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  • John Cabell Breckinridge graduated in 1838 at Centre College, Danville, Kentucky, continued his studies at Princeton, and then studied law at Transylvania University, Lexington, Kentucky.

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  • He studied at the college of New Jersey (now Princeton University) from 1774 to 1776, when the institution was closed on account of the outbreak of the War of Independence; served for a short time in a New Jersey militia company; studied law at Bute Court-house, North Carolina, in 1 7771 7 80, at the same time managing his tobacco plantation; was a member of a Warren county militia company in 1780-1782, and served in the North Carolina Senate in 1781-1785.

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  • In 1832 he was elected to the chair of natural philosophy in the New Jersey college at Princeton.

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  • He graduated at the College of New Jersey (now Princeton) in 1815, and in 1819 at the Princeton Theological seminary, where he became an instructor in 1820, and the first professor of Oriental and Biblical literature in 1822.

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  • In 1825 he established the quarterly Biblical Repertory, the title of which was changed to Biblical Repertory and Theological Review in 1830 and to Biblical Repertory and Princeton Review in 1837.

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  • With it, in 1840, was merged the Literary and Theological Review of New York, and in 1872 the American Presbyterian Review of New York, the title becoming Presbyterian Quarterly and Princeton Review in 1872 and Princeton Review in 1.877.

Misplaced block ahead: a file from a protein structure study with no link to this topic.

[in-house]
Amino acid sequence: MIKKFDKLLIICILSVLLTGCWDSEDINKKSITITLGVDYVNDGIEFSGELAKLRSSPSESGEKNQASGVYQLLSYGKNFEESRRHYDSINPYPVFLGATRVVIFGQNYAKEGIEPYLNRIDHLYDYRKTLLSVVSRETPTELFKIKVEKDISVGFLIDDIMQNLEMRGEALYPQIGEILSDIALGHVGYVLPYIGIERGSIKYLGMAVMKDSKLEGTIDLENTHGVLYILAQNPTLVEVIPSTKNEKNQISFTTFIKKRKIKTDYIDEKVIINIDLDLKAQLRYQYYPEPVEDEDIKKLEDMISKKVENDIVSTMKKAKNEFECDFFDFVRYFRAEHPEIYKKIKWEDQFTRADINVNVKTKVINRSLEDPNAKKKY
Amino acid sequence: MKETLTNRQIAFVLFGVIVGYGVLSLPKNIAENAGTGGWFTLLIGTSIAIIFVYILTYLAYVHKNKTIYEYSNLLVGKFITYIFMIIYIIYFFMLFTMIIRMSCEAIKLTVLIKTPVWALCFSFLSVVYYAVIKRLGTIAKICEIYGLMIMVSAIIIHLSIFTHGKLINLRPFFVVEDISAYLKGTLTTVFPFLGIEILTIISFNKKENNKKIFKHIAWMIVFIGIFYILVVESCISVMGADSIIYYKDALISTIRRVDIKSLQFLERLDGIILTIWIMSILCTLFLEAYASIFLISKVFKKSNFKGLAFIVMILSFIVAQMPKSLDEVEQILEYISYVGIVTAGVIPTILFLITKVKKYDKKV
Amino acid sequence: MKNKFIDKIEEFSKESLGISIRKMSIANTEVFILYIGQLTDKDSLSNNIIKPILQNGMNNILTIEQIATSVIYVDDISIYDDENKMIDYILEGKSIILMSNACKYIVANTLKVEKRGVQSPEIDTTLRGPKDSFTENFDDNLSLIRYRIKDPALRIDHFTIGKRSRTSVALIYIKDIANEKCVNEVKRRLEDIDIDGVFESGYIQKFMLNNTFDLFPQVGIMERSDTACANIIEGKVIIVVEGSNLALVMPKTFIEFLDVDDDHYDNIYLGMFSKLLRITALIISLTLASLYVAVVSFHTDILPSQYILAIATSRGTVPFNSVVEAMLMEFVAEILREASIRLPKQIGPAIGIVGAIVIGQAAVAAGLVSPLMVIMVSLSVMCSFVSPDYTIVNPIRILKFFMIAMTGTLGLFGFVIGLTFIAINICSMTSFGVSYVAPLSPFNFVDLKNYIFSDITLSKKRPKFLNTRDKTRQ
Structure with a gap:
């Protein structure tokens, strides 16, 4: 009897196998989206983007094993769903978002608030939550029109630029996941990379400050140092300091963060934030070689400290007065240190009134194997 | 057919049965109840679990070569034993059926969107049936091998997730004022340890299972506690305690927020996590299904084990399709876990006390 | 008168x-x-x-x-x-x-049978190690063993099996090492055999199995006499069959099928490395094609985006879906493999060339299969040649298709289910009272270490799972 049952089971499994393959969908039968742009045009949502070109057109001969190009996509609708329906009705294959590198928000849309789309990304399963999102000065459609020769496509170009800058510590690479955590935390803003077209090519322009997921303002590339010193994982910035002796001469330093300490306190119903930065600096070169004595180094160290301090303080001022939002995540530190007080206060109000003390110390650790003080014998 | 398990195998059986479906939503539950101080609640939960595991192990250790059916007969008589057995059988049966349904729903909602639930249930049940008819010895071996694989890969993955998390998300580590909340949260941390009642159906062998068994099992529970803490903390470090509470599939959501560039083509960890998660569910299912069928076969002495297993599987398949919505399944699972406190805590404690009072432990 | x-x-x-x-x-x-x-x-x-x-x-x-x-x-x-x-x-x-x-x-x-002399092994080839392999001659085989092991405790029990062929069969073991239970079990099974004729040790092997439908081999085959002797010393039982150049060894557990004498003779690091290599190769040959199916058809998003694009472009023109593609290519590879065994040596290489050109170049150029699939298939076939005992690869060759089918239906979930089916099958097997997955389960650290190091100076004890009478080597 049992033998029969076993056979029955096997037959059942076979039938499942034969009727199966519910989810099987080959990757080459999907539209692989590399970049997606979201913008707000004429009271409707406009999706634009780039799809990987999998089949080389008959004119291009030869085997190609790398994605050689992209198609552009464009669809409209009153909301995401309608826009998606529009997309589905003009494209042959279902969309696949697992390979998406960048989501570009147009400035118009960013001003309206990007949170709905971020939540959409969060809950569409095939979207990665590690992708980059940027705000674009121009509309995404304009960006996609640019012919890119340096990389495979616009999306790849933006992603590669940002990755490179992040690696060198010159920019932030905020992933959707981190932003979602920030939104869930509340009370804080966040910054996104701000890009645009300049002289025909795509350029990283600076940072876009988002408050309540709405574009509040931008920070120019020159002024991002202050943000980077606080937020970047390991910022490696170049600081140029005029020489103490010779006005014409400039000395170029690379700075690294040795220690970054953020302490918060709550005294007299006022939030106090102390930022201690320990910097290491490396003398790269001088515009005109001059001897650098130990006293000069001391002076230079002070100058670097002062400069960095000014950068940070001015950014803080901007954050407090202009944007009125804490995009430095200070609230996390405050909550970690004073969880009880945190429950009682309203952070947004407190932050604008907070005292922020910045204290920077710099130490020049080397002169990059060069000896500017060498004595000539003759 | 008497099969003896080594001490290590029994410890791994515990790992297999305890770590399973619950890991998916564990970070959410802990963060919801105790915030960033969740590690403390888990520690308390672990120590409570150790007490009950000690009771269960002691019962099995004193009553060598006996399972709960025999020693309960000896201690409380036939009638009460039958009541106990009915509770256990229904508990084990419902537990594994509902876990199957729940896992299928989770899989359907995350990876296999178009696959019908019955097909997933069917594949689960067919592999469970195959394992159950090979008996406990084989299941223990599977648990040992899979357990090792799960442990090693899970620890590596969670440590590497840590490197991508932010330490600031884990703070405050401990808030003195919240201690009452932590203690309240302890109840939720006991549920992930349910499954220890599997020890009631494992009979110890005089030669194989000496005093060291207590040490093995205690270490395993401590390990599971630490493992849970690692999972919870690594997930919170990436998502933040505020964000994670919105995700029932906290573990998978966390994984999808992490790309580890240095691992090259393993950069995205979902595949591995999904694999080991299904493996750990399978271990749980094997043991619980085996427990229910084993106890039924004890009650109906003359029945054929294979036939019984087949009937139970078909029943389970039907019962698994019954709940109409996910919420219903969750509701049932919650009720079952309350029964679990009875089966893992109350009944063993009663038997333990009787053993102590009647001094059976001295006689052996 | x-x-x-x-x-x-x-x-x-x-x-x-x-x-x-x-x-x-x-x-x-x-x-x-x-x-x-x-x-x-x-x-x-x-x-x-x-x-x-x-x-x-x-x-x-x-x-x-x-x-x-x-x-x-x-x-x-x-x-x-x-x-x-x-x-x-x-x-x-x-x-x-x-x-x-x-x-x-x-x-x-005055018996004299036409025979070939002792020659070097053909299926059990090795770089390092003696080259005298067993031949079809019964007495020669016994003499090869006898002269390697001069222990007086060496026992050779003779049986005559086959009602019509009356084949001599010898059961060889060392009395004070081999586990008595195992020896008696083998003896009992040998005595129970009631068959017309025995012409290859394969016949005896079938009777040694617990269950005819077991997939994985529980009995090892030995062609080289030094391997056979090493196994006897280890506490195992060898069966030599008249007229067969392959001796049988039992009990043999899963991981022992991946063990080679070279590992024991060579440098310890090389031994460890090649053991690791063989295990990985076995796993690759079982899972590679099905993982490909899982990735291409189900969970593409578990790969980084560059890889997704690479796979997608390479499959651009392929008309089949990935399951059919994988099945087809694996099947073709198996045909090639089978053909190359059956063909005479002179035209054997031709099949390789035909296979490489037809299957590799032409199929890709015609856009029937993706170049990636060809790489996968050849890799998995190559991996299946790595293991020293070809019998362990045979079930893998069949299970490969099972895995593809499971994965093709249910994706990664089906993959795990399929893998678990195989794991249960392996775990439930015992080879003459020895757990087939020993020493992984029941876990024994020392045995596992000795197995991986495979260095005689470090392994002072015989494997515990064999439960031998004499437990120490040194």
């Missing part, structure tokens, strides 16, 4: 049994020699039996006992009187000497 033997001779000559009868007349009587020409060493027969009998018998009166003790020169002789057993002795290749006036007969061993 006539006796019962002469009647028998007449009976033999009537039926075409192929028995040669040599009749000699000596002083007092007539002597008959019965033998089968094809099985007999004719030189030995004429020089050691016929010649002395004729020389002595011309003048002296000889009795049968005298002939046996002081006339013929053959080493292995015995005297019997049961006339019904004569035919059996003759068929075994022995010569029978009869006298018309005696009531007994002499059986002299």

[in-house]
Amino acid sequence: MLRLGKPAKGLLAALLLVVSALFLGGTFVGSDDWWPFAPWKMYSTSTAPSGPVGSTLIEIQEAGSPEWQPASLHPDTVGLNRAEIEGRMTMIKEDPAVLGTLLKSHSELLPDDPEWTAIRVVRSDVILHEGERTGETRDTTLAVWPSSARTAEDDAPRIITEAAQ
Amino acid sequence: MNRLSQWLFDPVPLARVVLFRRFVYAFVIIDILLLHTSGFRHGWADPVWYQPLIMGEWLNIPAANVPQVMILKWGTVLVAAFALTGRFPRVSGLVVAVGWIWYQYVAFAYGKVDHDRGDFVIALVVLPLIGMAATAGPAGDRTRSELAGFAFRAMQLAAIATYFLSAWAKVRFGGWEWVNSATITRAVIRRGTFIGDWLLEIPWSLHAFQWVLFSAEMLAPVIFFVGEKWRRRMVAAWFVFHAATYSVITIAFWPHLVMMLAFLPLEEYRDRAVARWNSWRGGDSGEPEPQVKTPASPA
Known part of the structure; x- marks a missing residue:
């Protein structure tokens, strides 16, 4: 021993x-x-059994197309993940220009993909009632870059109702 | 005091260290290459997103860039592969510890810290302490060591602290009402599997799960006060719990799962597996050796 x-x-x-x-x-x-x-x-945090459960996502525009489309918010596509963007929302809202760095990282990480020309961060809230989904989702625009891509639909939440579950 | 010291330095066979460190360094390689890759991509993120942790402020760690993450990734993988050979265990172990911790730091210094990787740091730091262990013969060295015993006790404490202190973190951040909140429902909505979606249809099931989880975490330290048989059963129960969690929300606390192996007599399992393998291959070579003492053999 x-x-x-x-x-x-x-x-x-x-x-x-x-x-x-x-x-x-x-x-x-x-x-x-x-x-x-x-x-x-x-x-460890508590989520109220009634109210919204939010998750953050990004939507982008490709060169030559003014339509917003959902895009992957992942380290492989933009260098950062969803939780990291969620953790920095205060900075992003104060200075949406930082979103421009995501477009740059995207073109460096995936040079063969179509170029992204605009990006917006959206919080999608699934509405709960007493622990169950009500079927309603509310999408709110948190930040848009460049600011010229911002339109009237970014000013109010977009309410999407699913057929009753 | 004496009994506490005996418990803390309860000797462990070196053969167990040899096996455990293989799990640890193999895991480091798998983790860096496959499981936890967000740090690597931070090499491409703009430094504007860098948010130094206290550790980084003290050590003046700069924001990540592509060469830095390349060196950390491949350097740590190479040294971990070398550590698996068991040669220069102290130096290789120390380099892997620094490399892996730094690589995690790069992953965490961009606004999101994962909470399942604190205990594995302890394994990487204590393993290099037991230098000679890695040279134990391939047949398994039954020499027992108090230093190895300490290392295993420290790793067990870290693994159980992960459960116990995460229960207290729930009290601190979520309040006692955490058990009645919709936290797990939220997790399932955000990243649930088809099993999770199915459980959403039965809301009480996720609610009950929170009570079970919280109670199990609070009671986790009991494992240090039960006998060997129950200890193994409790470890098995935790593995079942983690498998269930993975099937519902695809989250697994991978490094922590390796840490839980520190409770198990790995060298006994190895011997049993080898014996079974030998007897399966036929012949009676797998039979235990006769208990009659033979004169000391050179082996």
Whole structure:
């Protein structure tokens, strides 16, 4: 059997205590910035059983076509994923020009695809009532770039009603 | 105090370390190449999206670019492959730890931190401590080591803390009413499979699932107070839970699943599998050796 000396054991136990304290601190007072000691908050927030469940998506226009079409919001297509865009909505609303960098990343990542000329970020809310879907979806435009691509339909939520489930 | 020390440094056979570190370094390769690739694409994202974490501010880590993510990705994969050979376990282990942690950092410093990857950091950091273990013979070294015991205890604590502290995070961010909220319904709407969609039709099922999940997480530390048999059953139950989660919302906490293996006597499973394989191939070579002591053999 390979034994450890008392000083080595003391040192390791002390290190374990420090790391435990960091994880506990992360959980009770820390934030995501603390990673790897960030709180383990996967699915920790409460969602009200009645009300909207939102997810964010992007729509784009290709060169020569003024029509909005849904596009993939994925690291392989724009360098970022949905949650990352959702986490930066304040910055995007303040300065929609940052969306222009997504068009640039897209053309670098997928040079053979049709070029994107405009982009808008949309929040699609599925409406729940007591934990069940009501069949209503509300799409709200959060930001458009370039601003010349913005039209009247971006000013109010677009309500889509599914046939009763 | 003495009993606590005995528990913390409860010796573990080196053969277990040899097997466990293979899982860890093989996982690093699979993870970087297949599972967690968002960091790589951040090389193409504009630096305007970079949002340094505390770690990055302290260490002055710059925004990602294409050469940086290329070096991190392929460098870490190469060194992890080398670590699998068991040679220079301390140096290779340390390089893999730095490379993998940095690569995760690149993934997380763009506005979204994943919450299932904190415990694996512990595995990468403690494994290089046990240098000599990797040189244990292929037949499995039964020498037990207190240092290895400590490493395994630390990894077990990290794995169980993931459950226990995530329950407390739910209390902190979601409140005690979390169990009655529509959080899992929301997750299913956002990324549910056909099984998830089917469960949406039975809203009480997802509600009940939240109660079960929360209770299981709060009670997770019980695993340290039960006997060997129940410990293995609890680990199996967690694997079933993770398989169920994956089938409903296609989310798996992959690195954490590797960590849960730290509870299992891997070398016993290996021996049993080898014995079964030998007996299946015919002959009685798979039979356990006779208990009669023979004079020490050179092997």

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  • His more important essays were republished under the titles Essays and Reviews (1857), Princeton Theological Essays, and Discussions in Church Polity (1878).

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  • The 24th of April 1872, the fiftieth anniversary of his election to his professorship, was observed in Princeton as his jubilee by between 400 and 500 representatives of his 2700 pupils, and $50,000 was raised for the endowment of his chair.

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  • He died at Princeton on the 19th of June 1878.

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  • Besides his articles in the Princeton Review, he published a Commentary on the Epistle to the Romans (1835, abridged 1836, rewritten and enlarged 1864, new ed.

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  • His SOn, Archibald Alexander Hodge (1823-1886), also famous as a Presbyterian theologian, was born at Princeton on the 18th of July 1823.

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  • He graduated at the College of New Jersey in 1841, and at the Princeton Theological seminary in 1846, and was ordained in 1847.

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  • In 1878 he succeeded his father as professor of didactic theology at the Princeton seminary.

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  • Among the prominent institutions not receiving state aid are Princeton University, at Princeton; Rutgers College (excluding its agricultural school), at New Brunswick; and the Stevens Institute of Technology, at Hoboken.

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  • Among the denominational institutions are the Theological Seminary (Presbyterian) at Princeton; the Drew Theological Seminary (Methodist Episcopal) at Madison; Seton Hall College (Roman Catholic), at South Orange; St Peter's College (Roman Catholic) at Jersey City; St Benedict's College (Roman Catholic) at Newark; the German Theological School of Newark 1 The state's title to its riparian lands was established, after a long controversy, in 1870 in the case of Stevens v.

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  • Important events in the period of royal government were the preaching of George Whitefield in 1739 and the following years, and the chartering of the College of New Jersey (now Princeton University) in 1746, and of Queen's (now Rutgers) College in 1766.

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  • With about 2500 men he recrossed the Delaware on the night of the 25th of December, surprised three regiments of Hessians at Trenton the next morning, and took 1000 prisoners and 1000 stands of arms. In a series of movements following up this success he outgeneraled the British commander, Lord Cornwallis, and on the 3rd of January 1776, defeated a detachment of his army at Princeton (q.v.).

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  • The Congress of the Confederation met in Princeton, in Nassau Hall, which still stands, from June to November 1783.